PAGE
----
The United States, and other parts of the world, are experiencing more extreme weather conditions due to climate change. Over the last decade, even areas in our southern regions which do not typically get extreme cold or the threat of snow have dipped into the single digits.
While other cities have recorded colder than ever temperatures, one evening Chicago was colder than the South Pole.
We’re all guilty of neglecting important home maintenance tasks, failing to prepare your home for winter can be costly.
This simple home maintenance checklist will help you easily ready your house before winter hits.
Ridding your chimney of soot and debris is an easy DIY job and will save you having to pay for a cleaning service. However, if there is a buildup of creosote present, you’ll need a licensed contractor to remove it.
Run the tip of a fireplace poker along the interior of the chimney wall. If you find a thick, shiny, tar-like buildup it’s best to call a professional. At least once a year a regular, wood or coal burning fireplace should be serviced.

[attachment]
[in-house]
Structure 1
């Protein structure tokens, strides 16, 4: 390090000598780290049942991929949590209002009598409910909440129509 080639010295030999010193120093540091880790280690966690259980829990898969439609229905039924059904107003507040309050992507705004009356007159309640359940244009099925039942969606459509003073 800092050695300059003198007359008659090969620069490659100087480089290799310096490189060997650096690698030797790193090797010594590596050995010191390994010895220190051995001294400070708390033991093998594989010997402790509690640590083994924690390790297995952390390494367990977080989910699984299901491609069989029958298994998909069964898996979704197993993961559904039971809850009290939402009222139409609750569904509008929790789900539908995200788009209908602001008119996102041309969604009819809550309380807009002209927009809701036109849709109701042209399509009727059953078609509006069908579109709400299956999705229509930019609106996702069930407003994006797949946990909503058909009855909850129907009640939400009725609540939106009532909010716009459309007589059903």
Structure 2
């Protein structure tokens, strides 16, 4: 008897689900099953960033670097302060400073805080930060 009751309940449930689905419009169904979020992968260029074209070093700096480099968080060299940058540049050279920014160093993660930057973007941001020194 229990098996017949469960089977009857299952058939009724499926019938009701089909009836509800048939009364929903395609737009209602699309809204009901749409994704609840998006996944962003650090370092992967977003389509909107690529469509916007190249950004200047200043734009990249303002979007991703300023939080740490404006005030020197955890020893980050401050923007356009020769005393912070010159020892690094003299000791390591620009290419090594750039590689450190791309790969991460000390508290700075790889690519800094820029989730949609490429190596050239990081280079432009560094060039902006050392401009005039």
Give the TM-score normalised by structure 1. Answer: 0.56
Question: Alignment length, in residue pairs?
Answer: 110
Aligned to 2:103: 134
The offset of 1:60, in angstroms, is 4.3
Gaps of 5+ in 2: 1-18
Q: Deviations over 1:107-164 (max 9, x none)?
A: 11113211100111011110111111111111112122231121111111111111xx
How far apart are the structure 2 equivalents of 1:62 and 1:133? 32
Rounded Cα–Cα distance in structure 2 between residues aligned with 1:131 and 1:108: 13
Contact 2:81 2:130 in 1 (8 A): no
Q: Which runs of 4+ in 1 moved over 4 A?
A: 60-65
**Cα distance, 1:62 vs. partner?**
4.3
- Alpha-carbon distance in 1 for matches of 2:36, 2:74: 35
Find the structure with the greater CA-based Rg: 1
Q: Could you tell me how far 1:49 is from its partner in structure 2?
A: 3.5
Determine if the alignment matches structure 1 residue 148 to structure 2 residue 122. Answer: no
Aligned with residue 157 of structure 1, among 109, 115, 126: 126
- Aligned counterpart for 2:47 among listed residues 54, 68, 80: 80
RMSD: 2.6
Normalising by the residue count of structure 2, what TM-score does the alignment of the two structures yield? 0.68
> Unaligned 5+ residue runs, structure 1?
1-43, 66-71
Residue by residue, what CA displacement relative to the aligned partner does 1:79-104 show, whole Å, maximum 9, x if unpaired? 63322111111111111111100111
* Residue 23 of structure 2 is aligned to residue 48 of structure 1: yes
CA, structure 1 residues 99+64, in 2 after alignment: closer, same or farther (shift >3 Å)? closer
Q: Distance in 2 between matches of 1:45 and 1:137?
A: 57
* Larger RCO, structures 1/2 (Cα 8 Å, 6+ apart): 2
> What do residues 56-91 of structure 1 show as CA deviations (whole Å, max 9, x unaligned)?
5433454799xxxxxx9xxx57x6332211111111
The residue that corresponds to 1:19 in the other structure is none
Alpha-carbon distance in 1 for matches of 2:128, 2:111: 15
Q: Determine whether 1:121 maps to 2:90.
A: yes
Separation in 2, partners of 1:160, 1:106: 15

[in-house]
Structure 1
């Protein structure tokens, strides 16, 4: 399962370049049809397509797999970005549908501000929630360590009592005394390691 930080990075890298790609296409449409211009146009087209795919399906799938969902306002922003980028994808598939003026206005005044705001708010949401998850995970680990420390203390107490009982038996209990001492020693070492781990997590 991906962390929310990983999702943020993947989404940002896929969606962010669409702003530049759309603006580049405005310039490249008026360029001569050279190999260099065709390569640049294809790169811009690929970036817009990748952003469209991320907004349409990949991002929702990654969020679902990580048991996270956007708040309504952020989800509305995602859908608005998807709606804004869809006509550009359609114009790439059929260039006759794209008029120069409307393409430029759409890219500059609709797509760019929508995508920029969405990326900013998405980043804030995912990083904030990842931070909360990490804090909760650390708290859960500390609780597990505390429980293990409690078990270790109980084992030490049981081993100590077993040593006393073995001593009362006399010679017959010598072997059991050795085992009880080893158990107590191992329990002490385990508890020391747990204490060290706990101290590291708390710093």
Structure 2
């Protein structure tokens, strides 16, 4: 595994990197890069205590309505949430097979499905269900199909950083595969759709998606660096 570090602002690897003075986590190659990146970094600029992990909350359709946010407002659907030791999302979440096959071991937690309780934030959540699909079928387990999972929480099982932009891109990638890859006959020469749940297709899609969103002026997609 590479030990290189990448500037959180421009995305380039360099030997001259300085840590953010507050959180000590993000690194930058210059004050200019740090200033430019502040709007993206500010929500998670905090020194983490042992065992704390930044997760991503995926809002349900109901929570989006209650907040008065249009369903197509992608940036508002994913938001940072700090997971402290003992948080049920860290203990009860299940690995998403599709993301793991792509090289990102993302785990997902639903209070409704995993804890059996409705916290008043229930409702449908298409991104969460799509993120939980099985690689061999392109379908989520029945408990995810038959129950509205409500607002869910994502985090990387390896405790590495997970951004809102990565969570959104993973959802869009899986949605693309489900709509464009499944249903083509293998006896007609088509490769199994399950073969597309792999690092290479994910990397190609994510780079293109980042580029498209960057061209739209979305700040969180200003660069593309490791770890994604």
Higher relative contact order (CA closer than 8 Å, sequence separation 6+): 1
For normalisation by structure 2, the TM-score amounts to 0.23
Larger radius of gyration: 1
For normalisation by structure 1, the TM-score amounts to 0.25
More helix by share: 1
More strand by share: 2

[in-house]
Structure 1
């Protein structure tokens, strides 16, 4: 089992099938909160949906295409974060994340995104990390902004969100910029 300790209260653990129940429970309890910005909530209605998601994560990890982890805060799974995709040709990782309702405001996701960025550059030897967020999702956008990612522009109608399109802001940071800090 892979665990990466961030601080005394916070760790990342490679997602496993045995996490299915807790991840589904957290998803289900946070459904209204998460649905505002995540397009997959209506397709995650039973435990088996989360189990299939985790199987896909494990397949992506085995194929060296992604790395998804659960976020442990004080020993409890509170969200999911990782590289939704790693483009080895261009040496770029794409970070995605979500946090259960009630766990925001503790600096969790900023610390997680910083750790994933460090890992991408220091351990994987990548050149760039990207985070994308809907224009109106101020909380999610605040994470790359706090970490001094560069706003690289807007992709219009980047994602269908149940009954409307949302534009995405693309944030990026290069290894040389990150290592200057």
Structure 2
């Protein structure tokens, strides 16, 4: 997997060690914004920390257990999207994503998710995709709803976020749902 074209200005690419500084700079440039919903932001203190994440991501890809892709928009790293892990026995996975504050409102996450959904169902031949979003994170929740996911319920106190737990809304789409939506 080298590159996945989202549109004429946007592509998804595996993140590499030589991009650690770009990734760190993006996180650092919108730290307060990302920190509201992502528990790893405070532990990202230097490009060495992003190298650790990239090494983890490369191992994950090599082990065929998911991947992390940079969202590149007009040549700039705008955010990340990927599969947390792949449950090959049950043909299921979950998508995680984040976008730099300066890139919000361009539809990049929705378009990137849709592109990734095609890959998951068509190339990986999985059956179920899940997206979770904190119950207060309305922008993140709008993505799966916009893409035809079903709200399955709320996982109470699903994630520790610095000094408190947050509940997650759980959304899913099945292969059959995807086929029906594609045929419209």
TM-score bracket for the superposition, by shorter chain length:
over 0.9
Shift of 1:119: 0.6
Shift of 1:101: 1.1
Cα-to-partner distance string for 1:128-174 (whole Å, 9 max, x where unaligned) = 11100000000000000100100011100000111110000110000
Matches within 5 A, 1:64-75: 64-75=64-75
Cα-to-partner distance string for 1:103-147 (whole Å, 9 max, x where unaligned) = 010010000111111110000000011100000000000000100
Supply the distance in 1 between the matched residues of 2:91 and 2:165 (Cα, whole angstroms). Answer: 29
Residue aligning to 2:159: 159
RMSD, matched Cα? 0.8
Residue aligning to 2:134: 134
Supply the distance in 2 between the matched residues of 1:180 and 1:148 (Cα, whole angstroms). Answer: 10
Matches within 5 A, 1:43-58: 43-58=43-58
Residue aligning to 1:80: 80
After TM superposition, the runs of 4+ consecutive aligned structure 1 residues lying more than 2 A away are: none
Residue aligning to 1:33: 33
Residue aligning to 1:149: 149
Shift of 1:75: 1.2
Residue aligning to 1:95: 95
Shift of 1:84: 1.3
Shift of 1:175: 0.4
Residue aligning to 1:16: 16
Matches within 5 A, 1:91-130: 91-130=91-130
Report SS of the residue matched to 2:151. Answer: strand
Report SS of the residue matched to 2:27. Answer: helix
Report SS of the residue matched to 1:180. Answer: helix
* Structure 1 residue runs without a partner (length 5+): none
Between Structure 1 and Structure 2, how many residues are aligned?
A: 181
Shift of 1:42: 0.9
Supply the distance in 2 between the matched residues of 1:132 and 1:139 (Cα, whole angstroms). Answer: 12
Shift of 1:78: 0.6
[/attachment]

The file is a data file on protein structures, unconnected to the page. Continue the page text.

Once the fireplace is cleaned, consider installing a fireplace plug (also called chimney pillow). This inflatable device prevents cold air entering the house and heat from escaping. One homeowner in Maryland saved around 13% on consumption costs after using a fireplace plug to block heat loss.
By changing the direction that the blades spin, hot air is forced downwards, keeping the heat in the bottom half of the house. By reversing the motor and running the fan on low-speed during the winter, you can achieve more noticeable warmth.
According to Apartment Therapy, adjusting your thermostat and running the fan as above can save close to 10% on heating costs.
Most modern ceiling fans have a remote control where the direction can be adjusted, or you can locate the exterior switch located on the fan motor to manually change it.
An annual average of 45,900 heating-related fires occurred between in the U.S. between 2013 and 2015. And heating was the second largest contributor to fires in residential buildings.
With the temperatures dipping, it will put your mind at ease knowing that the detectors and alarms are all in good working condition.